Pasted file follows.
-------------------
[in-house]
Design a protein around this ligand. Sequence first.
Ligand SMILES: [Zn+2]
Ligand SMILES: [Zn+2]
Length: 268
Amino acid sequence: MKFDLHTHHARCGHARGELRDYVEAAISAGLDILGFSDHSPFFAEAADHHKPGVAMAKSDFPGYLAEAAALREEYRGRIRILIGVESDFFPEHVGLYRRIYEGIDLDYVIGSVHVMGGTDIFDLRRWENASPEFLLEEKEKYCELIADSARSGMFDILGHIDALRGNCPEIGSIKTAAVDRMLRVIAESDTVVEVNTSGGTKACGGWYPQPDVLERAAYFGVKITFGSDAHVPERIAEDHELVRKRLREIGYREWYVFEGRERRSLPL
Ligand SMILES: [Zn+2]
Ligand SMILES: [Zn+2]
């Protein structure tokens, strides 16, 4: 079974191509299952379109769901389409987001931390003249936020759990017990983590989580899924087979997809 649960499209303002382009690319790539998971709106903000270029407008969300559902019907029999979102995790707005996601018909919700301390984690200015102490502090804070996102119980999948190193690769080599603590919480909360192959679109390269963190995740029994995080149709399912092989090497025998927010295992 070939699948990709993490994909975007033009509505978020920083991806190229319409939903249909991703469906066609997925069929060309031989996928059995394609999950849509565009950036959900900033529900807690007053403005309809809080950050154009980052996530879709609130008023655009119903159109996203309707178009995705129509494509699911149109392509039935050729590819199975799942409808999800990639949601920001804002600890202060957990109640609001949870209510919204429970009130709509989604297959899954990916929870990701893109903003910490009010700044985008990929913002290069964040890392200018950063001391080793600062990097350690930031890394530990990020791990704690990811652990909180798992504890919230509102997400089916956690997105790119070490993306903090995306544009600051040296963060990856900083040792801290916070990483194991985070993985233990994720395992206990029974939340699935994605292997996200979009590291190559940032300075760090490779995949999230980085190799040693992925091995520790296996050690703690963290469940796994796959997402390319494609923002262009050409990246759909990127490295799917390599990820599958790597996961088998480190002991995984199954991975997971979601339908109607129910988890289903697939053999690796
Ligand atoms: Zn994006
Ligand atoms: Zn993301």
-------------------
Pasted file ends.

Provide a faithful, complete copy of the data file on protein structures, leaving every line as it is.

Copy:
[in-house]
Design a protein around this ligand. Sequence first.
Ligand SMILES: [Zn+2]
Ligand SMILES: [Zn+2]
Length: 268
Amino acid sequence: MKFDLHTHHARCGHARGELRDYVEAAISAGLDILGFSDHSPFFAEAADHHKPGVAMAKSDFPGYLAEAAALREEYRGRIRILIGVESDFFPEHVGLYRRIYEGIDLDYVIGSVHVMGGTDIFDLRRWENASPEFLLEEKEKYCELIADSARSGMFDILGHIDALRGNCPEIGSIKTAAVDRMLRVIAESDTVVEVNTSGGTKACGGWYPQPDVLERAAYFGVKITFGSDAHVPERIAEDHELVRKRLREIGYREWYVFEGRERRSLPL
Ligand SMILES: [Zn+2]
Ligand SMILES: [Zn+2]
């Protein structure tokens, strides 16, 4: 079974191509299952379109769901389409987001931390003249936020759990017990983590989580899924087979997809 649960499209303002382009690319790539998971709106903000270029407008969300559902019907029999979102995790707005996601018909919700301390984690200015102490502090804070996102119980999948190193690769080599603590919480909360192959679109390269963190995740029994995080149709399912092989090497025998927010295992 070939699948990709993490994909975007033009509505978020920083991806190229319409939903249909991703469906066609997925069929060309031989996928059995394609999950849509565009950036959900900033529900807690007053403005309809809080950050154009980052996530879709609130008023655009119903159109996203309707178009995705129509494509699911149109392509039935050729590819199975799942409808999800990639949601920001804002600890202060957990109640609001949870209510919204429970009130709509989604297959899954990916929870990701893109903003910490009010700044985008990929913002290069964040890392200018950063001391080793600062990097350690930031890394530990990020791990704690990811652990909180798992504890919230509102997400089916956690997105790119070490993306903090995306544009600051040296963060990856900083040792801290916070990483194991985070993985233990994720395992206990029974939340699935994605292997996200979009590291190559940032300075760090490779995949999230980085190799040693992925091995520790296996050690703690963290469940796994796959997402390319494609923002262009050409990246759909990127490295799917390599990820599958790597996961088998480190002991995984199954991975997971979601339908109607129910988890289903697939053999690796
Ligand atoms: Zn994006
Ligand atoms: Zn993301």